Front Page Titles (by Subject) CLXI.: The Federalist, No. XXXIII. [Hamilton.] 1 - The Records of the Federal Convention of 1787, vol. 3
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CLXI.: The Federalist, No. XXXIII. [Hamilton.] 1 - Max Farrand, The Records of the Federal Convention of 1787, vol. 3 
The Records of the Federal Convention of 1787, ed. Max Farrand (New Haven: Yale University Press, 1911). Vol. 3.
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The Federalist, No. XXXIII. [Hamilton.]1
But suspicion may ask, Why then was it [Art. I, Sect. 8, last paragraph] introduced? The answer is, that it could only have been done for greater caution, and to guard against all cavilling refinements in those who might hereafter feel a disposition to curtail and evade the legitimate authorities of the union. The convention probably foresaw, that it has been a principal aim of these papers to inculcate, that the danger which most threatens our political welfare is, that the state governments will finally sap the foundations of the union; and might therefore think it necessary, in so cardinal a point, to leave nothing to construction. Whatever may have been the inducement to it, the wisdom of the precaution is evident from the cry which has been raised against it; as that very cry betrays a disposition to question the great and essential truth which it is manifestly the object of that provision to declare.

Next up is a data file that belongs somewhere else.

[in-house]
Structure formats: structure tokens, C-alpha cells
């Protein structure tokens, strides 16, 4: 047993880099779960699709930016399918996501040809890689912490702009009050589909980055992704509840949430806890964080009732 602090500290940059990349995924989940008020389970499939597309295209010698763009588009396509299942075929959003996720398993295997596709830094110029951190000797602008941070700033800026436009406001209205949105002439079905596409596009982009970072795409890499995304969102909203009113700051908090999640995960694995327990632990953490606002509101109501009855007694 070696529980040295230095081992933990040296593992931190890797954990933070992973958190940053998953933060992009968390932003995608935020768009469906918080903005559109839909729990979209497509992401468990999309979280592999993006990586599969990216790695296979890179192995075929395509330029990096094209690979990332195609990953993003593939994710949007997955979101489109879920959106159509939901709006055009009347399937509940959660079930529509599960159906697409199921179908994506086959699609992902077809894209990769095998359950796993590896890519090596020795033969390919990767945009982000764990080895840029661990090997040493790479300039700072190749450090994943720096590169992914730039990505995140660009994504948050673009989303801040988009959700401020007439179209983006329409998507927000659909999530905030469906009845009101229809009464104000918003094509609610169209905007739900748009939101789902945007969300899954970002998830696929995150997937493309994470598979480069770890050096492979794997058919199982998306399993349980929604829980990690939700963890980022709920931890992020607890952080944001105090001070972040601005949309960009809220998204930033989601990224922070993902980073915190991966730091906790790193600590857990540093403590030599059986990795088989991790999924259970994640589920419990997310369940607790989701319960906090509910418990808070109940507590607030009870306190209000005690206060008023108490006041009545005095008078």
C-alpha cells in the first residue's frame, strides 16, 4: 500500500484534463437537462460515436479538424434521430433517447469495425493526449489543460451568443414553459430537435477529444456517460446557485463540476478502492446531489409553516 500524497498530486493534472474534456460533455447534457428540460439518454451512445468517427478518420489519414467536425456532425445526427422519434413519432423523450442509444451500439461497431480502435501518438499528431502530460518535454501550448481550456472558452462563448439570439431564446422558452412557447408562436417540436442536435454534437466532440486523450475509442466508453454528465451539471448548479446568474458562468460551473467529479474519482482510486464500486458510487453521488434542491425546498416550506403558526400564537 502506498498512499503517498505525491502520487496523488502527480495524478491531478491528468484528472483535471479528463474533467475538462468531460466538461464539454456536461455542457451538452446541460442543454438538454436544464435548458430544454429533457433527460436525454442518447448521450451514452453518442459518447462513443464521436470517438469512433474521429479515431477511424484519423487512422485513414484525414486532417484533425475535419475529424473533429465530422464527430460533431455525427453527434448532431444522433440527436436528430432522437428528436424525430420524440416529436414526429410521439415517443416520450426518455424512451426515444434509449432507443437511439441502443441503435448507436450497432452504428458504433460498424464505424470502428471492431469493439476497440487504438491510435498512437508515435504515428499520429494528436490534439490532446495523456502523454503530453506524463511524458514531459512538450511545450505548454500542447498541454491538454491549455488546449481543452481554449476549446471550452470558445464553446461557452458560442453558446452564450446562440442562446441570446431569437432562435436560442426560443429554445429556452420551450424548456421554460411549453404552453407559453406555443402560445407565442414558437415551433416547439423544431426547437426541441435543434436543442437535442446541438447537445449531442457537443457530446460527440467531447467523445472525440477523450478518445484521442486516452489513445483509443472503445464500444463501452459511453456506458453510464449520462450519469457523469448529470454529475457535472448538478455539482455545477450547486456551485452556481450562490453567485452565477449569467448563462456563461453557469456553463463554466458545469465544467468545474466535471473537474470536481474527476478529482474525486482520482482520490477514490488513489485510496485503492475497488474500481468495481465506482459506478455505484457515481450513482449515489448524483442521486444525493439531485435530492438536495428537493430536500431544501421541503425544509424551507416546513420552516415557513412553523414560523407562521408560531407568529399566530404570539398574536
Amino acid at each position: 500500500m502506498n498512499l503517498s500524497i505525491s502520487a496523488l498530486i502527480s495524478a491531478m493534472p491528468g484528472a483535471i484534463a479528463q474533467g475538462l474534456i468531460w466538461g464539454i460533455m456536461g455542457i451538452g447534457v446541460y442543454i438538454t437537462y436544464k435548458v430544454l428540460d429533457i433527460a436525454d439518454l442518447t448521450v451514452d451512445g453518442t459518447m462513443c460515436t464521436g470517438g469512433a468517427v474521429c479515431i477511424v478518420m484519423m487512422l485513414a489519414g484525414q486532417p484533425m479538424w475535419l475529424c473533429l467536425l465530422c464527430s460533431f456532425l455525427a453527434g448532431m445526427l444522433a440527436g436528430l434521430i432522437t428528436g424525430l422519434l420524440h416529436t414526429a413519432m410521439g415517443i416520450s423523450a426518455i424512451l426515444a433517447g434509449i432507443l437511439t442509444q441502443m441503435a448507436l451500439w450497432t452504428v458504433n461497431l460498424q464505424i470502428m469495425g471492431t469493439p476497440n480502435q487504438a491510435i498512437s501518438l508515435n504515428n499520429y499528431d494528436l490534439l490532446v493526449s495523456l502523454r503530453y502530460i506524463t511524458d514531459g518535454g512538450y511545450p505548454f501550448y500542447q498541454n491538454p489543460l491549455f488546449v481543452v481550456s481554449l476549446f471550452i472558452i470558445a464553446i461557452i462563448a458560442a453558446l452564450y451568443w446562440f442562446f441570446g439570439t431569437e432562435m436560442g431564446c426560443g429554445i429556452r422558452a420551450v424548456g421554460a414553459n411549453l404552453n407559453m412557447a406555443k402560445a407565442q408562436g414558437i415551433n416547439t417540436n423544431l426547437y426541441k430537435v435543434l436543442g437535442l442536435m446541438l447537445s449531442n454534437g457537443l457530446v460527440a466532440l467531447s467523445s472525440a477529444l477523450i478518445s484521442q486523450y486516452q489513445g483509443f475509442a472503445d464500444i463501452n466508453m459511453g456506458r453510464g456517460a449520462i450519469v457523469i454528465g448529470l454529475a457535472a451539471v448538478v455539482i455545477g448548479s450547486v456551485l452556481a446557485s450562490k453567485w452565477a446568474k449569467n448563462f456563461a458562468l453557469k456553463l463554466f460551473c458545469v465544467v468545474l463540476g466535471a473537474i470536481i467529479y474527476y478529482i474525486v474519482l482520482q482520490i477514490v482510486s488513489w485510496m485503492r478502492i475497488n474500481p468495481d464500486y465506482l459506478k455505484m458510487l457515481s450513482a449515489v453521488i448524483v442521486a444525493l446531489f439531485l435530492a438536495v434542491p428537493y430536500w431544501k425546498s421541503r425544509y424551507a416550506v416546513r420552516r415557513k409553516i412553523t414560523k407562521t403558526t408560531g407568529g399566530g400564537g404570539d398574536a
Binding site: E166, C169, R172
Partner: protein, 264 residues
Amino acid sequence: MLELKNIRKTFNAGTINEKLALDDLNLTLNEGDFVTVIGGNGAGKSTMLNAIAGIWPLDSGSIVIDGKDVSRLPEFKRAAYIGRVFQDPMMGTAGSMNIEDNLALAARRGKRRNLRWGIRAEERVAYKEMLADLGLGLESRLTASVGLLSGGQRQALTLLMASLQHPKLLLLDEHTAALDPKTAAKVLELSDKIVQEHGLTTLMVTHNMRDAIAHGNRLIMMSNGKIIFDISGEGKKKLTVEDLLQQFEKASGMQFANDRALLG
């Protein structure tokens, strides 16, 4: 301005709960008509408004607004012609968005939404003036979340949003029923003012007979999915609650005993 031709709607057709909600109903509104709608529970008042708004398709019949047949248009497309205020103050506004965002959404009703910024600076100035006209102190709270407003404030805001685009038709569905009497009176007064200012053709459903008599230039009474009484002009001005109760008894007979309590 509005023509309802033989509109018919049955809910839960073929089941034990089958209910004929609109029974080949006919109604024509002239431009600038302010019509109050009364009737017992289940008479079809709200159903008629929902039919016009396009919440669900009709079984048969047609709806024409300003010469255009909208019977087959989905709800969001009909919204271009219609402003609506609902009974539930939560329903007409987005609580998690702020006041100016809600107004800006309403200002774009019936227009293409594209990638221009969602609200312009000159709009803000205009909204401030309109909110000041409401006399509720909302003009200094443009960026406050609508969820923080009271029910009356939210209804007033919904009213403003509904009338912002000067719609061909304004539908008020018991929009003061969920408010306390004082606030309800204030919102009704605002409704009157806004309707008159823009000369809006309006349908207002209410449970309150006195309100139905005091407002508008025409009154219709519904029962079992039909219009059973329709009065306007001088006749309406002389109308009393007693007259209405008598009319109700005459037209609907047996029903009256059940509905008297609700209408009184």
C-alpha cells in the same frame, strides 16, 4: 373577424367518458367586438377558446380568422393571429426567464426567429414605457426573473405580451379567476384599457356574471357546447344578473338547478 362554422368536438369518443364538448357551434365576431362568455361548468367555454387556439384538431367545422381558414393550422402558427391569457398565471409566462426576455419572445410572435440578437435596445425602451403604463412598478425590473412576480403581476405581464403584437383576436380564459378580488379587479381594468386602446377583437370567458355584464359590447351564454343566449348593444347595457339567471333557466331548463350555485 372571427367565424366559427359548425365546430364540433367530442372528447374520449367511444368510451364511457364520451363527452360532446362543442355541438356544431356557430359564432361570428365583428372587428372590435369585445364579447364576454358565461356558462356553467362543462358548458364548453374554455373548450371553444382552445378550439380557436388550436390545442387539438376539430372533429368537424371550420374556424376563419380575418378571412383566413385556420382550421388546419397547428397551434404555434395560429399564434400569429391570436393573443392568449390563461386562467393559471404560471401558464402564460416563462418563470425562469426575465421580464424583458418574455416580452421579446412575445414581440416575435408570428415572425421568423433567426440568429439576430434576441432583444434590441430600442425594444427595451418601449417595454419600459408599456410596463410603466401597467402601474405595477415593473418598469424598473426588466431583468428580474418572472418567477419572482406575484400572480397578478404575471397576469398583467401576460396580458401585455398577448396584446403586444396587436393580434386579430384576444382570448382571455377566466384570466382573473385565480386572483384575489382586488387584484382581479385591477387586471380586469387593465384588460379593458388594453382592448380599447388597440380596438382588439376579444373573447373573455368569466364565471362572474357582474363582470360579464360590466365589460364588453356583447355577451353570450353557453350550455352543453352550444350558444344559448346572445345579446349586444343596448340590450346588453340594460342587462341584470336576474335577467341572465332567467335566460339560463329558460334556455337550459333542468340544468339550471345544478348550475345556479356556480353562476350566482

[1 ]Hallowell’s edition, 1837; first printed in the Daily Advertiser, January 3, 1788.